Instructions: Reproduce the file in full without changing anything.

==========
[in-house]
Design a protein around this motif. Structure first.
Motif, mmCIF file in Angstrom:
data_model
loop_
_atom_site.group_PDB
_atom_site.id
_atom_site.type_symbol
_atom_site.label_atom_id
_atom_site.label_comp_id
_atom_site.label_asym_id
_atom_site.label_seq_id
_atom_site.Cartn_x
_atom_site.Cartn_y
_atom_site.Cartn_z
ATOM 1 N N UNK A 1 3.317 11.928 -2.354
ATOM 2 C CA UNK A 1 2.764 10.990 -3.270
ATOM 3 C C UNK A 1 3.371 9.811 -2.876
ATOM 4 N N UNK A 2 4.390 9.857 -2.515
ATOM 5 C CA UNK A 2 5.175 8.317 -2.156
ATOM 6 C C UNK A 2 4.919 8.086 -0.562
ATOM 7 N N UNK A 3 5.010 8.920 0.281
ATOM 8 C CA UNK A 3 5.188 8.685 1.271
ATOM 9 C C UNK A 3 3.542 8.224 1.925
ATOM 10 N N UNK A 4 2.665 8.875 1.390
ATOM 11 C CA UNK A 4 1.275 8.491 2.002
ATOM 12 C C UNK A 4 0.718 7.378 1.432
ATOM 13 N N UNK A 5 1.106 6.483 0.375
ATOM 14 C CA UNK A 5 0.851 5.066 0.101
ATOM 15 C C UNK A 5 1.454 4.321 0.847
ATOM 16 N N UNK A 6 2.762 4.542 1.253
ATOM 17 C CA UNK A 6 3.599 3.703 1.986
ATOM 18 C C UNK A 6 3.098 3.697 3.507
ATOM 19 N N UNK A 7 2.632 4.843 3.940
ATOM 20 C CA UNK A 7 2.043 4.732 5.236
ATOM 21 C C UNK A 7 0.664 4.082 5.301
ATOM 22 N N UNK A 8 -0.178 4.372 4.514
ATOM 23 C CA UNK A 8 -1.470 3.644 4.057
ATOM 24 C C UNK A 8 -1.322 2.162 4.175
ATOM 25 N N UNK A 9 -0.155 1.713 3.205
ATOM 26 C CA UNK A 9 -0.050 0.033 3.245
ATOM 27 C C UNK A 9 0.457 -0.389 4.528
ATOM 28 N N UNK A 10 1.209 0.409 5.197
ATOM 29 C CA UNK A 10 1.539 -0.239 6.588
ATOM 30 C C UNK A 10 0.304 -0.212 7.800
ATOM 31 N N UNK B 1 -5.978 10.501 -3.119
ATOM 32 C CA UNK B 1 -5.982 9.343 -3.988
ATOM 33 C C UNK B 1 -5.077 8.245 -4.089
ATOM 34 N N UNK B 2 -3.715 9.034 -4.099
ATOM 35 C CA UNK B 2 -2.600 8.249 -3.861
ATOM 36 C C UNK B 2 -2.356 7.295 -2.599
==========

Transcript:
[in-house]
Design a protein around this motif. Structure first.
Motif, mmCIF file in Angstrom:
data_model
loop_
_atom_site.group_PDB
_atom_site.id
_atom_site.type_symbol
_atom_site.label_atom_id
_atom_site.label_comp_id
_atom_site.label_asym_id
_atom_site.label_seq_id
_atom_site.Cartn_x
_atom_site.Cartn_y
_atom_site.Cartn_z
ATOM 1 N N UNK A 1 3.317 11.928 -2.354
ATOM 2 C CA UNK A 1 2.764 10.990 -3.270
ATOM 3 C C UNK A 1 3.371 9.811 -2.876
ATOM 4 N N UNK A 2 4.390 9.857 -2.515
ATOM 5 C CA UNK A 2 5.175 8.317 -2.156
ATOM 6 C C UNK A 2 4.919 8.086 -0.562
ATOM 7 N N UNK A 3 5.010 8.920 0.281
ATOM 8 C CA UNK A 3 5.188 8.685 1.271
ATOM 9 C C UNK A 3 3.542 8.224 1.925
ATOM 10 N N UNK A 4 2.665 8.875 1.390
ATOM 11 C CA UNK A 4 1.275 8.491 2.002
ATOM 12 C C UNK A 4 0.718 7.378 1.432
ATOM 13 N N UNK A 5 1.106 6.483 0.375
ATOM 14 C CA UNK A 5 0.851 5.066 0.101
ATOM 15 C C UNK A 5 1.454 4.321 0.847
ATOM 16 N N UNK A 6 2.762 4.542 1.253
ATOM 17 C CA UNK A 6 3.599 3.703 1.986
ATOM 18 C C UNK A 6 3.098 3.697 3.507
ATOM 19 N N UNK A 7 2.632 4.843 3.940
ATOM 20 C CA UNK A 7 2.043 4.732 5.236
ATOM 21 C C UNK A 7 0.664 4.082 5.301
ATOM 22 N N UNK A 8 -0.178 4.372 4.514
ATOM 23 C CA UNK A 8 -1.470 3.644 4.057
ATOM 24 C C UNK A 8 -1.322 2.162 4.175
ATOM 25 N N UNK A 9 -0.155 1.713 3.205
ATOM 26 C CA UNK A 9 -0.050 0.033 3.245
ATOM 27 C C UNK A 9 0.457 -0.389 4.528
ATOM 28 N N UNK A 10 1.209 0.409 5.197
ATOM 29 C CA UNK A 10 1.539 -0.239 6.588
ATOM 30 C C UNK A 10 0.304 -0.212 7.800
ATOM 31 N N UNK B 1 -5.978 10.501 -3.119
ATOM 32 C CA UNK B 1 -5.982 9.343 -3.988
ATOM 33 C C UNK B 1 -5.077 8.245 -4.089
ATOM 34 N N UNK B 2 -3.715 9.034 -4.099
ATOM 35 C CA UNK B 2 -2.600 8.249 -3.861
ATOM 36 C C UNK B 2 -2.356 7.295 -2.599